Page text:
Thursday, 25 July 2013


NHibernate Pitfalls:

Wednesday, 17 July 2013

Web API Formatters

     public static class FormattersConfig
        public static void Register(HttpConfiguration config)
            #region Json Formatter

            // Default formatter is Json Formatter
            // Default Json Formatter uses Json.Net
            // You can change the Json Formatter to use DataContractJsonSerializer
            config.Formatters.JsonFormatter.UseDataContractJsonSerializer = true;

            // How to Remove?


             #region Xml Formatter

            // Default Xml Formatter uses DataContractSerializer
            // You can change the Xml Formatter to XmlSerializer
            config.Formatters.XmlFormatter.UseXmlSerializer = true; 

            // How to Remove?


            #region Custom Formatter, custom Xml, comma delimited values, etc

            // Create CustomFormatter class which extends MediaTypeFormatter class.
            // Then call config.Formatters.Add(new CustomFormatter());


Friday, 12 July 2013


You can access the presentation at:

The Screencast is at:

You should be able to run on your pc without any problems (this is the code that accompanies the screencast)

The rest of the source code is at: this requires mongodb and nodejs to run. You can install these on your pc but it requires a bit of work.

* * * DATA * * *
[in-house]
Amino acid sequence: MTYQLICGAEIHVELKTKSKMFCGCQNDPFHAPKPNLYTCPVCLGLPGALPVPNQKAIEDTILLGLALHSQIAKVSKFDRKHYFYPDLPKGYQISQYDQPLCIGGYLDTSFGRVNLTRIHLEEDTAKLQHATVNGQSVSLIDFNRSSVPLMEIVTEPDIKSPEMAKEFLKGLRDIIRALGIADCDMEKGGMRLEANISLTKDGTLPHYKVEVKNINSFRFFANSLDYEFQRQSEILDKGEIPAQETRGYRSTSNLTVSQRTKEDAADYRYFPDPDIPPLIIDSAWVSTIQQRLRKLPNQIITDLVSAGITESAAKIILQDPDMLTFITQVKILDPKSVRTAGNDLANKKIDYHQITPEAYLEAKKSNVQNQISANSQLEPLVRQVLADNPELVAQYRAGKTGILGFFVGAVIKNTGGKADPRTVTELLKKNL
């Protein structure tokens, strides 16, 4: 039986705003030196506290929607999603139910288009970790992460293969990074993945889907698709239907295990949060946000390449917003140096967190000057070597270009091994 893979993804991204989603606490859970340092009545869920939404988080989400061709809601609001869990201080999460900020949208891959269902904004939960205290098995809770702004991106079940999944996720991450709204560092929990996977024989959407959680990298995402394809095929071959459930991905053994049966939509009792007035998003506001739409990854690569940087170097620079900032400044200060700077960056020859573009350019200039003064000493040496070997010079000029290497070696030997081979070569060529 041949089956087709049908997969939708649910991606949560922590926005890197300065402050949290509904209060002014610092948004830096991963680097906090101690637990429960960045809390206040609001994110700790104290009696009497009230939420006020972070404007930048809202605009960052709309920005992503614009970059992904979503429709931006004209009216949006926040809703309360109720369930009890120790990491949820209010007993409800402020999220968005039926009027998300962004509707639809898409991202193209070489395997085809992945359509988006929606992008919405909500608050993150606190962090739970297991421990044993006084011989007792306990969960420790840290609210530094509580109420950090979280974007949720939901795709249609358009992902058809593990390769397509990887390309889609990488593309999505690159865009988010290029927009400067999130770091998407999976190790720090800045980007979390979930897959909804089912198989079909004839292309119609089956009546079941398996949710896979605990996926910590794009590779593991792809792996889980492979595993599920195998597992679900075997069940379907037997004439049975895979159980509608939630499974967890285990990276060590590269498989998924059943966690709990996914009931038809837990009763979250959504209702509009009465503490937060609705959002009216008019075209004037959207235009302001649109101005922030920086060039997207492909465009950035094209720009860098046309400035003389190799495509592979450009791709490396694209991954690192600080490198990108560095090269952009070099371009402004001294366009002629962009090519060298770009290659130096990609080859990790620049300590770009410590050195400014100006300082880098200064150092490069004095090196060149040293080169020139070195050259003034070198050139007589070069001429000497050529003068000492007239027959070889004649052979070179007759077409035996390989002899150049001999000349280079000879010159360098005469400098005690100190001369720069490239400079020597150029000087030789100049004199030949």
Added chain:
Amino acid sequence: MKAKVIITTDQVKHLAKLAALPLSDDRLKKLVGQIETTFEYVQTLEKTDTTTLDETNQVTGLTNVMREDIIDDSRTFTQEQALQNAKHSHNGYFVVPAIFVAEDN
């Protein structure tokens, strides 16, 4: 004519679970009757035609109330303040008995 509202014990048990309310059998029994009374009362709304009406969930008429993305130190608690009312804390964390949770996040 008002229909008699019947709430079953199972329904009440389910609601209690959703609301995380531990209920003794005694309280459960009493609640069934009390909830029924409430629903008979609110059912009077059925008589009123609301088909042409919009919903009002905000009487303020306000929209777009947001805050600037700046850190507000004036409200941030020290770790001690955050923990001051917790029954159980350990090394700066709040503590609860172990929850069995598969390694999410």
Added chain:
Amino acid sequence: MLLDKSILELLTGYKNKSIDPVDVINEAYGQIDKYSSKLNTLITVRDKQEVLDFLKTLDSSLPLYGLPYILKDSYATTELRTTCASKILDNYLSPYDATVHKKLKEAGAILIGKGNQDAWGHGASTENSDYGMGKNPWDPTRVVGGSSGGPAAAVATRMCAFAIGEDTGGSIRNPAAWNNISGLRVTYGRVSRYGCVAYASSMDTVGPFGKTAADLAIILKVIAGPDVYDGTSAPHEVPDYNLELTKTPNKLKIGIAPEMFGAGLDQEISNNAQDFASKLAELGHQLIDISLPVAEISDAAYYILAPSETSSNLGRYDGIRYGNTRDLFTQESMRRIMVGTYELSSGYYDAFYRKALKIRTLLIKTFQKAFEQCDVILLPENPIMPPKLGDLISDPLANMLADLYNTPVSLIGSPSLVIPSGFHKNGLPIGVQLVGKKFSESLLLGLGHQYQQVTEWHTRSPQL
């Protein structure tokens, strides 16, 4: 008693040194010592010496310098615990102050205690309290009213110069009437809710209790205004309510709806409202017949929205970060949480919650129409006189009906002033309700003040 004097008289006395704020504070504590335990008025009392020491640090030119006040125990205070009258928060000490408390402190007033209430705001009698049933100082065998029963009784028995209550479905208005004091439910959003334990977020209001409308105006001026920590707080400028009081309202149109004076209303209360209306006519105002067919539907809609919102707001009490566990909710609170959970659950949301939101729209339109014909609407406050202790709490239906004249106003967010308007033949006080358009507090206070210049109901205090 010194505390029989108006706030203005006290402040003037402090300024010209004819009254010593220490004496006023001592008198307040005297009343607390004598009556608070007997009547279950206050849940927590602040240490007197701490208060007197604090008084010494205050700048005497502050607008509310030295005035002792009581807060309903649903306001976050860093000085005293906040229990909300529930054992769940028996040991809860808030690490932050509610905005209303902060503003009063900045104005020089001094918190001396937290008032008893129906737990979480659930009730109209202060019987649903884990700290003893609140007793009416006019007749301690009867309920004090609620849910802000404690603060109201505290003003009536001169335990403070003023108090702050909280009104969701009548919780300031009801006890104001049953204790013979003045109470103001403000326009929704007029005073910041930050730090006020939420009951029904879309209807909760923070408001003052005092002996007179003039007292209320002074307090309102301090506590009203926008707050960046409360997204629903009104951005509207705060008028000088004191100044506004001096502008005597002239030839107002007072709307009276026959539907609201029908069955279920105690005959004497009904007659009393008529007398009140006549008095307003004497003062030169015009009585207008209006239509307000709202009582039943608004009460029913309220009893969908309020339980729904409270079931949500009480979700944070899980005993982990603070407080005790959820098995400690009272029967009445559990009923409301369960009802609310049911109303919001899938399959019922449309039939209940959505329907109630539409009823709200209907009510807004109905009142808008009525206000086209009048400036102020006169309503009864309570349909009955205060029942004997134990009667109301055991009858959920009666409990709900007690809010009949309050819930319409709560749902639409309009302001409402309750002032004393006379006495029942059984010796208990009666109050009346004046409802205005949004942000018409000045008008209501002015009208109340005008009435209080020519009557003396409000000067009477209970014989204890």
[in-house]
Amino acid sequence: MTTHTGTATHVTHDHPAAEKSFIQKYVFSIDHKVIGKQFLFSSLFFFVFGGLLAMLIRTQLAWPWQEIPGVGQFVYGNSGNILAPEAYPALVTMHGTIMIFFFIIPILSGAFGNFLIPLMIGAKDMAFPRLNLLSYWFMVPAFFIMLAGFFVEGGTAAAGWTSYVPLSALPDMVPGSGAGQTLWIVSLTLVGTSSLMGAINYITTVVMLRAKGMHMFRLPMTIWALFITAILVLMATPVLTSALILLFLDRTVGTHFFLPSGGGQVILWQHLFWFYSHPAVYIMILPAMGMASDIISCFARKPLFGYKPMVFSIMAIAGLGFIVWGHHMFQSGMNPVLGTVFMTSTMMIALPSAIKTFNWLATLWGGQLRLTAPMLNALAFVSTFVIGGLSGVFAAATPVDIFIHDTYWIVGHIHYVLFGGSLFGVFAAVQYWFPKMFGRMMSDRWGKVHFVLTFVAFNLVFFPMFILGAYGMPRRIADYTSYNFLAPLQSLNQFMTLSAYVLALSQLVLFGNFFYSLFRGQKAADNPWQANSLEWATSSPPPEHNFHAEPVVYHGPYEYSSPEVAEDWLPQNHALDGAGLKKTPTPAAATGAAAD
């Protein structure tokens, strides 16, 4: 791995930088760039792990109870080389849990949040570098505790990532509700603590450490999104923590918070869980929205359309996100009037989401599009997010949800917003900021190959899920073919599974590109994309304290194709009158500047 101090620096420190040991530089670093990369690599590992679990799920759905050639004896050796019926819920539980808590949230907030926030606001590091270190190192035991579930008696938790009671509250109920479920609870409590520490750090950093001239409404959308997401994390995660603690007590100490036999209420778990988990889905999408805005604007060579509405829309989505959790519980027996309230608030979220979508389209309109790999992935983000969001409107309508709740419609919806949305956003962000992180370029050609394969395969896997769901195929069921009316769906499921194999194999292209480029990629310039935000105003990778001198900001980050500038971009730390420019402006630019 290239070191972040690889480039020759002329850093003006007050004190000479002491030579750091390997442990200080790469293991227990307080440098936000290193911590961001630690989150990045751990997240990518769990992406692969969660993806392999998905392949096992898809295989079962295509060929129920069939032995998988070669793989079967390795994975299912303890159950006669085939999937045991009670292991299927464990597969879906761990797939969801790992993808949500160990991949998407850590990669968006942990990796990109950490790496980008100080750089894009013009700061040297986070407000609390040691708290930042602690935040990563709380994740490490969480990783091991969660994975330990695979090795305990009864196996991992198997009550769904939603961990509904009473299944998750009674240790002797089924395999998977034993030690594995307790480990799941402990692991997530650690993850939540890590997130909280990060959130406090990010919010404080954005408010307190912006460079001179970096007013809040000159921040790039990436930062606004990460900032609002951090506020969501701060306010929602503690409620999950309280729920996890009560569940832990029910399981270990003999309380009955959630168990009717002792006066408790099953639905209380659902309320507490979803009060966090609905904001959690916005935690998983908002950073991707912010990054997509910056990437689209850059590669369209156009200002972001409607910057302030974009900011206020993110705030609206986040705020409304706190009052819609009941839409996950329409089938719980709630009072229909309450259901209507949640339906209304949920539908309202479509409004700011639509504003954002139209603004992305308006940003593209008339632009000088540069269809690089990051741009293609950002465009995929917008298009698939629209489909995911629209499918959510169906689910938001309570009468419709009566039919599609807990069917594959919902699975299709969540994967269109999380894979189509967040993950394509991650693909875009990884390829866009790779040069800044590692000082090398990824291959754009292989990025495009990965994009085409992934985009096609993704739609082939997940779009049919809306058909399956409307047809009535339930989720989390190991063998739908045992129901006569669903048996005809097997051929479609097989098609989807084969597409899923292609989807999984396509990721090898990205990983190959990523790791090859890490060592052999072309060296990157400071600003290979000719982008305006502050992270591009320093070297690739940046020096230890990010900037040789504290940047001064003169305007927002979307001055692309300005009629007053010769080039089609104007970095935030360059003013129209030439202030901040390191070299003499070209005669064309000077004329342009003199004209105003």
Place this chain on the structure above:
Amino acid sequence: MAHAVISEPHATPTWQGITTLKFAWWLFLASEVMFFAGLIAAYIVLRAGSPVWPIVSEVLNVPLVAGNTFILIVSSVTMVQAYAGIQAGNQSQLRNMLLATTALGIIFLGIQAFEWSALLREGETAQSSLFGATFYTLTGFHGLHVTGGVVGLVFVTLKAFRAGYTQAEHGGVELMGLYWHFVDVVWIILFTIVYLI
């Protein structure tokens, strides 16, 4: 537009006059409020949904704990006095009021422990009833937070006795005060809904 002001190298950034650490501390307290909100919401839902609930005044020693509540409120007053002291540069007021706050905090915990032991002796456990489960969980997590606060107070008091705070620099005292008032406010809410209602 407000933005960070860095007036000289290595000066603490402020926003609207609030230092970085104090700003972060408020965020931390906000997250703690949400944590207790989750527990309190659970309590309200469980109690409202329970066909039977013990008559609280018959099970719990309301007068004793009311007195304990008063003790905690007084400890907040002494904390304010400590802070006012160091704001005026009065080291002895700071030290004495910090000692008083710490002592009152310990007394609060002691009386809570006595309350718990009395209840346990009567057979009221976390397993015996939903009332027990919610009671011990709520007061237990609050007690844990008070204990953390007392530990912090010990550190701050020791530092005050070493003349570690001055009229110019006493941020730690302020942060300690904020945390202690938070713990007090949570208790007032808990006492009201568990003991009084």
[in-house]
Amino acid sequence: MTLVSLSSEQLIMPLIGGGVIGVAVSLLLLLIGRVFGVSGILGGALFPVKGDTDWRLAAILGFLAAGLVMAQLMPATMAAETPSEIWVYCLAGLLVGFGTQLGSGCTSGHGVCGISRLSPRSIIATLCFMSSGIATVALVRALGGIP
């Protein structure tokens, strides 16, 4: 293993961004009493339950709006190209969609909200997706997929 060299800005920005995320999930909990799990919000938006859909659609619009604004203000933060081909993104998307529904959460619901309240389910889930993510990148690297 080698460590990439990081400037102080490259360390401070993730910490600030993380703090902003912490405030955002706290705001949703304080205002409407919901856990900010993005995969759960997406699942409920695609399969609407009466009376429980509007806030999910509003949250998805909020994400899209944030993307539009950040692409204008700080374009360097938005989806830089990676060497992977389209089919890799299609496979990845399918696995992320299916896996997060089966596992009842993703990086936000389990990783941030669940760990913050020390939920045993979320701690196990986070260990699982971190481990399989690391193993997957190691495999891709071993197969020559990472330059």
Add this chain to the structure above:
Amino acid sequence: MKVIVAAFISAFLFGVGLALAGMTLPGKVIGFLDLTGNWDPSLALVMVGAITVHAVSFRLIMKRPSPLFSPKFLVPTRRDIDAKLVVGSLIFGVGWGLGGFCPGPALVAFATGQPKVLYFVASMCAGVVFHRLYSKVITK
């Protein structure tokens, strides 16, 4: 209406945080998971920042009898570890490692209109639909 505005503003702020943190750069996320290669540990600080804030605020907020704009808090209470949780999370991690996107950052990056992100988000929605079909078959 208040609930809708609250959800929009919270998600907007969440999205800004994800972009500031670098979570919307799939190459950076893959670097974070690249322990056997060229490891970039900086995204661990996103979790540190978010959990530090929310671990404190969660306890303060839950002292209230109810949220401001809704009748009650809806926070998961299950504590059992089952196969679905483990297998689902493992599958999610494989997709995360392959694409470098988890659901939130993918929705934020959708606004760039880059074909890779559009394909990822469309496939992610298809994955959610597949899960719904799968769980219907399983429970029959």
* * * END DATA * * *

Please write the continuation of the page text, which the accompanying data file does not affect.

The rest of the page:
Friday, 5 July 2013

Web API and Tracing

We wrote our custom request/response logger for our Web API project so that we can analyze and monitor all the inputs and outputs whereas there seems to be a built-in tracing feature in the Web API:

I'll try it for my next Web API project!

Tuesday, 2 July 2013

How to control the Request Size and Execution Timeout

Limiting the Request

You can apply the below limits on the request:

  • Request size; default is 28.6MB in IIS 7.0 and 4MB in IIS 6.0. Please see below.
  • Request header size
  • Url length; default is 4KB
  • Query string length; default is 2KB

Request Size

If content size exceeds 1024 bytes then throw 404.13 error:


IIS 6.0:


IIS 7.0:


Request TimeOut



Max Response Size

• Response size by default doesn’t have a limit from the server point of view.

• The client, however, can limit the response size by setting “content-length” in the request header.

• If very large data required, we should be considering compressing the data or returning binary data. How large is very large?! Perhaps above 50MB.